While Gary struggled to turn the bow back to the center of the fairway, Anna watched and wisely decided not to risk injury to her hands and feet by trying to fend off. Stricken, she stood near the bow as the sailboat whumped against our moored motor yacht.
Their anchor pulpit drifted into the transom handrail on Quadra, ripping out a chunk of teak and shredding a band of canvas in the cockpit enclosure. The force of the impact was transmitted through the heavy bronze stanchions to the caprail, which split down the middle for about six feet.
It was a love tap, really, a ding in a car door in a mall parking lot. It certainly was not intentional. The sailors were neither reckless nor feckless, only a tad short on luck. Nor was it unique in our moorage: another Grand Banks on our dock had been rear-ended in similar fashion a few months before. Although only teak and varnish were damaged, the sailors were sincerely distraught. They were embarrassed and remorseful.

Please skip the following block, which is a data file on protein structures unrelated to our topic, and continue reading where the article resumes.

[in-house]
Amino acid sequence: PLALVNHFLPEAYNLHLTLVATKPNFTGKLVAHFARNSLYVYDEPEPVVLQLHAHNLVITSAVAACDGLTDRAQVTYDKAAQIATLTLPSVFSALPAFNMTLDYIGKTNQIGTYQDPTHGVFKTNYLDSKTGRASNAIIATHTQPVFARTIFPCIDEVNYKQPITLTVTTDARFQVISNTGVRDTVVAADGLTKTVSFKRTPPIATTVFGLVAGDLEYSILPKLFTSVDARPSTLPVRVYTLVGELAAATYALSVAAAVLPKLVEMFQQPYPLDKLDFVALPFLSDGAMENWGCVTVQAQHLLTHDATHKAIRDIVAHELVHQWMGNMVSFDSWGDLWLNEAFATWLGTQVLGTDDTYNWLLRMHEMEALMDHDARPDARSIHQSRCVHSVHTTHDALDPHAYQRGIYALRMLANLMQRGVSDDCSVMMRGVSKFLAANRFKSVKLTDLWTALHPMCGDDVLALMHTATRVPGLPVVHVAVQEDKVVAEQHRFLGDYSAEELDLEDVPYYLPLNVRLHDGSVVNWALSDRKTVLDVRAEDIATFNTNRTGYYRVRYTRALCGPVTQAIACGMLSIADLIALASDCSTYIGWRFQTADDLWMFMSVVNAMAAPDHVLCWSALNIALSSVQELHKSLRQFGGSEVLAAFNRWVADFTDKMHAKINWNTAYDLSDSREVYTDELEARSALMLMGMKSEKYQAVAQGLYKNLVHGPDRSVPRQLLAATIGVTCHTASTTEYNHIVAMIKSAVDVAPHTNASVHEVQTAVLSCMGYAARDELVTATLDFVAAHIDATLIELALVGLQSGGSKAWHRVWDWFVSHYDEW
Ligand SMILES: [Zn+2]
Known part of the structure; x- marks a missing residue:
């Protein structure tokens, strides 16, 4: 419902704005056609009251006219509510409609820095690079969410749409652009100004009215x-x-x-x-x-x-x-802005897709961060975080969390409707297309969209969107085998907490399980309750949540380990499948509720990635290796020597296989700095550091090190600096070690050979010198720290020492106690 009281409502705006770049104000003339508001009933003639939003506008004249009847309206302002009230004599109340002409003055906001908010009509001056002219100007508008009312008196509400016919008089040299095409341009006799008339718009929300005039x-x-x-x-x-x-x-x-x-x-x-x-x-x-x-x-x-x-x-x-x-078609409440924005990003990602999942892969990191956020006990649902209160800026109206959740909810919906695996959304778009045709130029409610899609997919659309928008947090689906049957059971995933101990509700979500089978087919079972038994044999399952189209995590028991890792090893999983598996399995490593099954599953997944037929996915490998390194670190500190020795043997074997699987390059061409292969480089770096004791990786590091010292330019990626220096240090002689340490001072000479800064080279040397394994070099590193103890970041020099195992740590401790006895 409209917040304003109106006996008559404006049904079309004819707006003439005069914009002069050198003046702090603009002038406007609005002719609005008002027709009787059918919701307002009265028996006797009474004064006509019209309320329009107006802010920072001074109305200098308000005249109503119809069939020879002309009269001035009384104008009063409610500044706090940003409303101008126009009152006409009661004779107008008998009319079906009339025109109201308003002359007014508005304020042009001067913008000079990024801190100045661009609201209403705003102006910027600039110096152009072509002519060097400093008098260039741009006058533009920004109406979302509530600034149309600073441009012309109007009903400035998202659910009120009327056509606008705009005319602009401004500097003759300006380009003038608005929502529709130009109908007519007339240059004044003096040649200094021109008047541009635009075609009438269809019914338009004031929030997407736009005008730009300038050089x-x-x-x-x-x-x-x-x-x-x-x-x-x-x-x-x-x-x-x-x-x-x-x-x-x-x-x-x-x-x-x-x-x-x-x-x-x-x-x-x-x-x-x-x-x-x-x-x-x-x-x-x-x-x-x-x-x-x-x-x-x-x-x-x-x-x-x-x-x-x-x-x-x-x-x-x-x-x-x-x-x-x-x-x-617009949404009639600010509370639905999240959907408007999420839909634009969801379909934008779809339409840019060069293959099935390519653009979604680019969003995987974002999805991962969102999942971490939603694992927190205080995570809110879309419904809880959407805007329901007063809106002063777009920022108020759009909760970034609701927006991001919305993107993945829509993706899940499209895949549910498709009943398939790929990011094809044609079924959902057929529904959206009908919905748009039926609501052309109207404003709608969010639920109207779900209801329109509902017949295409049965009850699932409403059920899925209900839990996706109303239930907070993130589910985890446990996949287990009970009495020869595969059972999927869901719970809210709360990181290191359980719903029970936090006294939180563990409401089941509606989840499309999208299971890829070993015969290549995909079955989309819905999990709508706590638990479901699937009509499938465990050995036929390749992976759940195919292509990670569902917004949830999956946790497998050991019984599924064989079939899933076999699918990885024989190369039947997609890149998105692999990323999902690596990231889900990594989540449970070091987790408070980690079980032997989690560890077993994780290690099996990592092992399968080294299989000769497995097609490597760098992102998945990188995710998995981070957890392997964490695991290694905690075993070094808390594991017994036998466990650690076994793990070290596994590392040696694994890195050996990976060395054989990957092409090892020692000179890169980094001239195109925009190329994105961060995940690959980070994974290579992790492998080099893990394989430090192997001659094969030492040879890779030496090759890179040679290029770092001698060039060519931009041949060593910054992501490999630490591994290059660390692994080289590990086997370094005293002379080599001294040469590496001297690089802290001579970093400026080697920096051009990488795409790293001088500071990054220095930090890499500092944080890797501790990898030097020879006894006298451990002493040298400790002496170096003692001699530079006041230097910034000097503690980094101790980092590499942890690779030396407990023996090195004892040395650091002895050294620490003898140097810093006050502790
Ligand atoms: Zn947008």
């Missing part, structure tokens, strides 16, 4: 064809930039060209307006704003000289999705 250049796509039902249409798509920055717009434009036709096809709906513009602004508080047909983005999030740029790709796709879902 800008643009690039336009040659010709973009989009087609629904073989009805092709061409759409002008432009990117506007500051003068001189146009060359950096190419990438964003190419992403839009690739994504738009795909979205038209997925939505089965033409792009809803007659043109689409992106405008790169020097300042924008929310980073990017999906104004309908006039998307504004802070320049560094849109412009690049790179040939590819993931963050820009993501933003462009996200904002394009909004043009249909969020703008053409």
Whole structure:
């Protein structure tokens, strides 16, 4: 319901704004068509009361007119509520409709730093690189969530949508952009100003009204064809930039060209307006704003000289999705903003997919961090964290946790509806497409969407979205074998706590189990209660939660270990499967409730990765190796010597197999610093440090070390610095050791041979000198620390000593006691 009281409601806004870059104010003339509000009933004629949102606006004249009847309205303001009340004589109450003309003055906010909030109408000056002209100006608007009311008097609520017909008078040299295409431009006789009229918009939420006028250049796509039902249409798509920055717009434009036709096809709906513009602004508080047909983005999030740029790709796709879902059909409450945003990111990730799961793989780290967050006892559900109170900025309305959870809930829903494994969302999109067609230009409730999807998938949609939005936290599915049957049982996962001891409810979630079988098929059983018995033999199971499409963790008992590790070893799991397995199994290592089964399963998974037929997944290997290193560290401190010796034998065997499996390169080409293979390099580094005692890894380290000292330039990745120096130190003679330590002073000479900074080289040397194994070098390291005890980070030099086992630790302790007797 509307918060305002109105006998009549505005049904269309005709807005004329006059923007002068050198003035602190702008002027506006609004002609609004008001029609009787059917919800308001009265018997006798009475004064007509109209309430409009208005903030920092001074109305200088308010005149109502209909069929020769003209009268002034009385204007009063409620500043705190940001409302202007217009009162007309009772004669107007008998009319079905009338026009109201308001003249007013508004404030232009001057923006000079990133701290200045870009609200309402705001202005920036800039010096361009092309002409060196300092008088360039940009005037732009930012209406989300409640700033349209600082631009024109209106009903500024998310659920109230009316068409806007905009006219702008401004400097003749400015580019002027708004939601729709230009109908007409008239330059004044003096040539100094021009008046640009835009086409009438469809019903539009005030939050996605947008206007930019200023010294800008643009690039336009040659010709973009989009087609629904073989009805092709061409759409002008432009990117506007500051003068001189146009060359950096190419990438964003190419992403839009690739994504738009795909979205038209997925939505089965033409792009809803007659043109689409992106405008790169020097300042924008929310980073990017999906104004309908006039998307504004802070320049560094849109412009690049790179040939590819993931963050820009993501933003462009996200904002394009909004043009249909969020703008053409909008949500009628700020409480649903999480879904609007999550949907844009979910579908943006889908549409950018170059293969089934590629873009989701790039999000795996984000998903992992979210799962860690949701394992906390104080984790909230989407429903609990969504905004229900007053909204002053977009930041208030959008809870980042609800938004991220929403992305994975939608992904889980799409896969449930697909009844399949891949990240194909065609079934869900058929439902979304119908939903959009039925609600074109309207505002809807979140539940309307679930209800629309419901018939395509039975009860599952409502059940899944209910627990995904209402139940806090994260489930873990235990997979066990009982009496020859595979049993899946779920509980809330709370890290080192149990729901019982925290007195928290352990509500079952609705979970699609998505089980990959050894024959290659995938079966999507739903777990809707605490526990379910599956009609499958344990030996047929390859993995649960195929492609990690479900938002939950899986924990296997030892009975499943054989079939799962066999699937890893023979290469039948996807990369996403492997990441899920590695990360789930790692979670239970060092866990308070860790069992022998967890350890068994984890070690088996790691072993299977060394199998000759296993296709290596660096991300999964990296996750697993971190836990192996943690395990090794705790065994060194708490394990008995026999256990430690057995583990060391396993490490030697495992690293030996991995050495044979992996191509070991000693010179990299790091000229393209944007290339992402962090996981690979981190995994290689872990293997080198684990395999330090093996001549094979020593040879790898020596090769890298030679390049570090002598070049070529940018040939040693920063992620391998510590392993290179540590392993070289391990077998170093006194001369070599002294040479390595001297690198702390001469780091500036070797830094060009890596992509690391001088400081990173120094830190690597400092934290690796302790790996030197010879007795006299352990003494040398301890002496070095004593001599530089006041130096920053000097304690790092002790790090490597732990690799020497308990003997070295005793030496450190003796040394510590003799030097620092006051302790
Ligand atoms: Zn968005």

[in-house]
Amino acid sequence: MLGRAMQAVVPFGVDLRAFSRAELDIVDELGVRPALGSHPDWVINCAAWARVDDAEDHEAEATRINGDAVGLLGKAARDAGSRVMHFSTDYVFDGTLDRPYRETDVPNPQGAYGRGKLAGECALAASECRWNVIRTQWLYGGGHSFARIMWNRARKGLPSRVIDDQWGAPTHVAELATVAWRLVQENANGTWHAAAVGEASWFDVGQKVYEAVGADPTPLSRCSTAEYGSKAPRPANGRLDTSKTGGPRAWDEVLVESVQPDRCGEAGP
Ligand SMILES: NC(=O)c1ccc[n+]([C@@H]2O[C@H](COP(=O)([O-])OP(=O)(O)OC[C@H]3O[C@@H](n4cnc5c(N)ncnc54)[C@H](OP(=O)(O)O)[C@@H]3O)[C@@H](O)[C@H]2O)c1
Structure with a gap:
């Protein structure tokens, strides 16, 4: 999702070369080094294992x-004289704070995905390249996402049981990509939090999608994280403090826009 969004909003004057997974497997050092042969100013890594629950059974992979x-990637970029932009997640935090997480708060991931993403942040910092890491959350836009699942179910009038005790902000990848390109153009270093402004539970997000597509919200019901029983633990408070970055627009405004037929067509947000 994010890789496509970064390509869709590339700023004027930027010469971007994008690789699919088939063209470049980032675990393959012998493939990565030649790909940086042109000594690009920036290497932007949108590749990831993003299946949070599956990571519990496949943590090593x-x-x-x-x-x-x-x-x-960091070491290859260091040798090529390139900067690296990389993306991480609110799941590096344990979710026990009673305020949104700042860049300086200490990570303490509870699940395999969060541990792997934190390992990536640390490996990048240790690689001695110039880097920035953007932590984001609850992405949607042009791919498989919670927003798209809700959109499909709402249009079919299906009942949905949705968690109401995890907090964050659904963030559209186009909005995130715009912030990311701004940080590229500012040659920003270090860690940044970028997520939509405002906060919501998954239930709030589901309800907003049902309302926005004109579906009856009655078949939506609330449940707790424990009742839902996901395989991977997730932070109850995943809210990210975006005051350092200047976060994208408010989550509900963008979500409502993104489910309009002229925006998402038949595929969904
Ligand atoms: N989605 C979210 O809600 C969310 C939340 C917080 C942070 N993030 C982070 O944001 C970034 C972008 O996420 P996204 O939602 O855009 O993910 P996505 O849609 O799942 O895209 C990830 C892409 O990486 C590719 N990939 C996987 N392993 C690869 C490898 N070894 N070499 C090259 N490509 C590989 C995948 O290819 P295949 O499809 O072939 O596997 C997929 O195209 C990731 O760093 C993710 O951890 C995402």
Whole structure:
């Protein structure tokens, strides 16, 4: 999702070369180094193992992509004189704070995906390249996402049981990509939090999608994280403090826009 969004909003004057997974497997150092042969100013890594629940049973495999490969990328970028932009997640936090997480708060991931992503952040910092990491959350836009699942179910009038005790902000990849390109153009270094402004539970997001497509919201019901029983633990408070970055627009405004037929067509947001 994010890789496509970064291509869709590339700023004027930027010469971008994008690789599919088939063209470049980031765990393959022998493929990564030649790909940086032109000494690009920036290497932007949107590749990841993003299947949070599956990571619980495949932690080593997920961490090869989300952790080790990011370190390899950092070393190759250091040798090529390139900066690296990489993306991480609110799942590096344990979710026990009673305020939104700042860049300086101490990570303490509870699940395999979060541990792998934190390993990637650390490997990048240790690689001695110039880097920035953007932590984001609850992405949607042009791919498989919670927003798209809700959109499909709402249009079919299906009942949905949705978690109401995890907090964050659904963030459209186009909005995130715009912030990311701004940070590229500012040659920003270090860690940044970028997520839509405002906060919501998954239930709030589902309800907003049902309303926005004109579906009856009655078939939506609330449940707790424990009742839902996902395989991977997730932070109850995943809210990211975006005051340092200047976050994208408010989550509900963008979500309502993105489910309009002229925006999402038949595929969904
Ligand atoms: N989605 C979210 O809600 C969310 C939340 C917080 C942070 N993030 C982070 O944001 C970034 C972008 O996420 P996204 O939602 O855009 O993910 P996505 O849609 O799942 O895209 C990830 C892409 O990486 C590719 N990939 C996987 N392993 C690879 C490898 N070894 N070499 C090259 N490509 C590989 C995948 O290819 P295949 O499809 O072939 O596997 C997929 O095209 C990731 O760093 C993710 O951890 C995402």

Not All Bad
Two good things have come from this mishap, however.
First, it was refreshing to have the sailboat owners call us promptly to report the accident and to offer to pay for all repairs. Their boat was not damaged; because there was no evidence it had been involved in the crash, owners with less integrity might never have called. Apparently there still is reason to believe people will do the right thing.
Having had my own close calls because of wind or current in the same marina (and despite the advantage of two engines), I understand what happened. They acknowledged responsibility and I didn't yell and shout. We remain friends.